William Ferris Chorale
Paul French, conductor
In what are said to be all recordings premieres, the Chicago Classical Recording Foundation presents the excellent William Ferris Chorale under conductor Paul French in new works that show the centuries-old art of a capella choral music is far from dead – at least in Chicago. The featured works are Four Motets (1973) by Alan Hovhaness, Stabat Mater (2006) by Egon Cohen, Velum Templi (1998) by Paul Nicholson, Who Am I? (2007) by French himself, A King James Magnificat (2004) by Easley Blackwood, Scapulis Suis (1960) by Robert Kreutz, three pieces entitled Lyrica Sacra (1962) by William Ferris, Nunc Dimittis (2007) by William White, and Behold, My Servant (1973) by George Rochberg.
Rather than write an interminable review with a lot of technical terms that would bore both you and mef, I’ll just hit the high points. Hovhaness’ Motets are based on Biblical texts proclaiming the joy of trusting God and walking in His way. The first, “Blessed is the man” (Jeremiah 17:7) sets the tone for the others, which include “Help, Lord (Psalms 12), “Lord, who shall abide in thy tabernacle? (Psalms 15) and “The fool hath said in his heart” (Psalms 15). Beautiful harmonization and adherence to tradition make these brief works memorable. Cohen’s Stabat Mater refurbished this medieval affirmation of faith describing Mary’s sorrows as she beheld the Crucifixion. This setting of the canticle expresses grief in a moving way by having some of the voice parts hum quietly or vocalize an expressive “Ah” as a backdrop and contrast to the noble simplicity of the verses. Nicholson’s setting of Velum Templi (The veil of the Temple was torn), one of the traditional canticles for Holy Week, effectively uses clashing harmonies and a notable forte to dramatize the Gospel accounts of the shaking of the Temple and the opening of the tombs after the Crucifixion.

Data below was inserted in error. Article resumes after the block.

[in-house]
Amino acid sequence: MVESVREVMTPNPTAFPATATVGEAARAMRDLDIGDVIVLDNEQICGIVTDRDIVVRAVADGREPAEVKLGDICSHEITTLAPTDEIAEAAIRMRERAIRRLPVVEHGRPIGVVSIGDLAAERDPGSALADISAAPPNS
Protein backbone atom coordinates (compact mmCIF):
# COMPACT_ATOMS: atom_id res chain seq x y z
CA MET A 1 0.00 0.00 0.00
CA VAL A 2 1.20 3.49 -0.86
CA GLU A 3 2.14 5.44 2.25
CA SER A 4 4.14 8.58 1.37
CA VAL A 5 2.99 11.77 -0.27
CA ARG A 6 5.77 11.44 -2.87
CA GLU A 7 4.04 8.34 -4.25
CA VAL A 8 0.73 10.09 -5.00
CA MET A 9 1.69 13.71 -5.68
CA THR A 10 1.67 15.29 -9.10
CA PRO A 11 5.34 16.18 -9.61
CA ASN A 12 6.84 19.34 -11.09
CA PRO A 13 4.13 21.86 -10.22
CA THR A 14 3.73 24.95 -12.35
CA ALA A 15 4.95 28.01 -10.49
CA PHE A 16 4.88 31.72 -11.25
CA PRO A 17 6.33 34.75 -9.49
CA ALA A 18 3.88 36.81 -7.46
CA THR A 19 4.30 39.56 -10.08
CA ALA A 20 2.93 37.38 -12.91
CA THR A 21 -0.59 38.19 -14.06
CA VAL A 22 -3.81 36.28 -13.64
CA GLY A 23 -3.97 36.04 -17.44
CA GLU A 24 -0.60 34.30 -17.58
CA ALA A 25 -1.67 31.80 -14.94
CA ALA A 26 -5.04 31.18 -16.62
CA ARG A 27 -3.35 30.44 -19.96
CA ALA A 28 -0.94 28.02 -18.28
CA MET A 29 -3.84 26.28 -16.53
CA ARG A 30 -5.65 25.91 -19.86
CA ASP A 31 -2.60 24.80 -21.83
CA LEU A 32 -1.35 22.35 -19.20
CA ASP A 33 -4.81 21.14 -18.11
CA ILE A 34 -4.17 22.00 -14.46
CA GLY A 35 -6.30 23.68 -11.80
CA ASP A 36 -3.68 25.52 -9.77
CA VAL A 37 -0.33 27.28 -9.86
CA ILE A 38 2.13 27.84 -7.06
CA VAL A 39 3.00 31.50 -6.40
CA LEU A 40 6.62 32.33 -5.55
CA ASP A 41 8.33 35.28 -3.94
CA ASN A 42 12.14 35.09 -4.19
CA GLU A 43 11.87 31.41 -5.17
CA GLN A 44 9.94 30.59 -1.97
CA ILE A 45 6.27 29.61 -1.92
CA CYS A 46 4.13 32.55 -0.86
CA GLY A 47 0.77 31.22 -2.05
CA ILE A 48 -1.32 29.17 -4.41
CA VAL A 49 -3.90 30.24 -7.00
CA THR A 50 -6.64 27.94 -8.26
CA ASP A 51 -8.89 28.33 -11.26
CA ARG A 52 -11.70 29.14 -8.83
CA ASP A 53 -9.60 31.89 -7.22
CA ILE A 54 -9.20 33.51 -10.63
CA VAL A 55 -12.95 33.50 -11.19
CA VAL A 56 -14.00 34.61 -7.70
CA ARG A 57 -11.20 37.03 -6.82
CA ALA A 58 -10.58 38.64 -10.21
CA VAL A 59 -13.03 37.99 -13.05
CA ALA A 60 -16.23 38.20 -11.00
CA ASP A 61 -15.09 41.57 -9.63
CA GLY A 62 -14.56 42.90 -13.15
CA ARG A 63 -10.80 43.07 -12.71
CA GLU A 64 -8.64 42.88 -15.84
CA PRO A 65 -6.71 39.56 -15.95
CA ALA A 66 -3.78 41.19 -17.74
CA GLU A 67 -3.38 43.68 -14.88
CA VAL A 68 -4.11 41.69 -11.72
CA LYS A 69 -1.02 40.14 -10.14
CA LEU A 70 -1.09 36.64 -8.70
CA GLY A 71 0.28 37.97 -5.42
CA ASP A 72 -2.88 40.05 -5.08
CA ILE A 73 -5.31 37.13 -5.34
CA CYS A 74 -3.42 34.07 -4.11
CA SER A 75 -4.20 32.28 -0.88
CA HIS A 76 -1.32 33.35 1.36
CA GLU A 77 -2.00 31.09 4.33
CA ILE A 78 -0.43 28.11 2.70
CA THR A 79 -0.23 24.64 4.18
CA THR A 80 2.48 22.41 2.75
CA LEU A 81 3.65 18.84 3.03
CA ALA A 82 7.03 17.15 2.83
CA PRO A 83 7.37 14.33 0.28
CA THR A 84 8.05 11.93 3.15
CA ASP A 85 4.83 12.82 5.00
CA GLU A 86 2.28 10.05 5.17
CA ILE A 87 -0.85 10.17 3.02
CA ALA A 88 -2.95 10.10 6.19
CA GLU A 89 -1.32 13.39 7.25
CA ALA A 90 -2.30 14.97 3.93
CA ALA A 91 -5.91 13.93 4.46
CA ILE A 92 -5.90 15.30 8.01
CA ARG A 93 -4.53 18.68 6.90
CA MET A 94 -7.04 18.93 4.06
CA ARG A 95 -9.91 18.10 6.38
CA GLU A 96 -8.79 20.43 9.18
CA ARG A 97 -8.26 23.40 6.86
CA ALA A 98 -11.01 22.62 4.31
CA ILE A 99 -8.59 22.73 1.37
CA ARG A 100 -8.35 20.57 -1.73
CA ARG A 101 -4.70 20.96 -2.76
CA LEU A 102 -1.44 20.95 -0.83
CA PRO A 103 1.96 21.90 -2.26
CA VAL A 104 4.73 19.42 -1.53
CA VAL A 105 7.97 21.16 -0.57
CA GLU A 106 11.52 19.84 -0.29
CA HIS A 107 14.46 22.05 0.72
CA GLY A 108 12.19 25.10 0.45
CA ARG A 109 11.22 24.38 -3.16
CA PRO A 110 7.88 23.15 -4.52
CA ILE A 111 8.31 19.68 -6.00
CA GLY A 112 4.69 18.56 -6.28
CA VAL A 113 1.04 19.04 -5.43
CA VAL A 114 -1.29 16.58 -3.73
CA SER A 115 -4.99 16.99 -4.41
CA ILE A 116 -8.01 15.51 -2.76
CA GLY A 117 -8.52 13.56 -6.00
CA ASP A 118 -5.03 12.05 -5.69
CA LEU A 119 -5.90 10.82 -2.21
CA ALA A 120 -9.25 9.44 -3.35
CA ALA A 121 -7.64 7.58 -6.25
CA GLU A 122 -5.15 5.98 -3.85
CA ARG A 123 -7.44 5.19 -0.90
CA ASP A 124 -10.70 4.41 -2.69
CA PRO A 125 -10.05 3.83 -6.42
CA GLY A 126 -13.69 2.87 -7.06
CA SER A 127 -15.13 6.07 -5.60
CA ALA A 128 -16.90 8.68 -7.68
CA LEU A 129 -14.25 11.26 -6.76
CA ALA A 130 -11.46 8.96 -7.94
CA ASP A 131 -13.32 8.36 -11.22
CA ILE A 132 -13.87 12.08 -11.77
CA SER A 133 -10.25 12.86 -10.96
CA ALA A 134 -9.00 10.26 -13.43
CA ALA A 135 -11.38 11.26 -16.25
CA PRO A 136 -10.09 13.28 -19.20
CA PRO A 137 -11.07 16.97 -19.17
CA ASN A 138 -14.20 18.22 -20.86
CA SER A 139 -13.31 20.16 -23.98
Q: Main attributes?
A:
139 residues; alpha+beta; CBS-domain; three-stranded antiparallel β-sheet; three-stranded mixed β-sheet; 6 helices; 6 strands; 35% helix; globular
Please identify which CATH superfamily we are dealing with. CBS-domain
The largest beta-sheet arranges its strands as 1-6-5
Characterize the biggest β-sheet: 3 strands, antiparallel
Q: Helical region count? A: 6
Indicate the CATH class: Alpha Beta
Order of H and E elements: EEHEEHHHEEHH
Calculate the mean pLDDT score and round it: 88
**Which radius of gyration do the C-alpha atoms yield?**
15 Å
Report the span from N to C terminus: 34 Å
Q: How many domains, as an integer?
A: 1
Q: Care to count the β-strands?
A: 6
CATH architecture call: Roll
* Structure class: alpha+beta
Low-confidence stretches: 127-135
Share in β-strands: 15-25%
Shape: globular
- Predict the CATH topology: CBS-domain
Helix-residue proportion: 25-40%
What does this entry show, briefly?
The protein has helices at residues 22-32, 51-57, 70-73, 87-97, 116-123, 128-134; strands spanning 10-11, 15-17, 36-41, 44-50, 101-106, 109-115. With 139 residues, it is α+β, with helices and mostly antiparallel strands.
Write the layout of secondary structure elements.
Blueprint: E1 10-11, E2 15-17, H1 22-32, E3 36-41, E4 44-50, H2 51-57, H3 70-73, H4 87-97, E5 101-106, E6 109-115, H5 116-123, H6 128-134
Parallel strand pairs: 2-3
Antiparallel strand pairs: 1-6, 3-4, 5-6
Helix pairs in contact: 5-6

French’s setting of “Who am I?” taken from the posthumous papers of Dietrich Bonhoeffer, the German theologian who was killed by the Nazis, uses a plain declamatory style with all voices coming together at the end to present this remarkable affirmation of one’s personal faith in bold relief. Blackwood’s King James Magnificat, the joyous hymn of praise attributed to the Virgin Mary in the Gospel of Luke, casts each of the ten verses in a different key and uses soft and loud phrasing and chordal harmony to emphasize the meaning of the words beginning with “My soul doth Magnify the Lord.” The work ends in a satisfying way with an exalted setting of the words often used as a coda to the Magnificat: “Glory Be to the Father, Son, and holy Spirit.” Kreutz’ Scapulis Suis uses slowly unfolding harmonies and mid-level dynamics to emphasize the words of Psalm 91, translated “He shall cover thee with his wings.” Ferris’ Lyrica Sacra (Sacred Lyrics), a grouping of three Latin motets utilizing Psalm and Gospel verses, use a variety of phrasings, speeds and dynamics to convey the meanings of the texts, which translate “He who eats my flesh and drinks my blood shall live in me, “”He who would follow me, let him deny himself,” and “As a lily is among thorns, so are you, my beloved” (Song of Solomon 2: 2).
Finally, we have White’s Nunc Dimittis (Now lettest Thou thy servant depart in peace), which tells the whole story of Simeon and his taking the infant Jesus in his arms in Luke 2: 25-35, not just the sentence beginning the old man’s declaration of joyous belief. White uses key, metre and tempo shifts to boldly convey the drama of the text. And Rochberg’s “Behold, Thy Servant,” commissioned by the Jewish Theological Seminary of New York, uses a fabric of echo effects between solo voices and the whole choir, hushed and loud tones, and chromatic and diatonic scales, to build an impressive climax to three affirmative texts from Isaiah that the composer prefaces significantly with the words of William Blake, “Ev’ry thing that lives is holy.” It concludes a program of testimony to faith that literally stretches cross the centuries.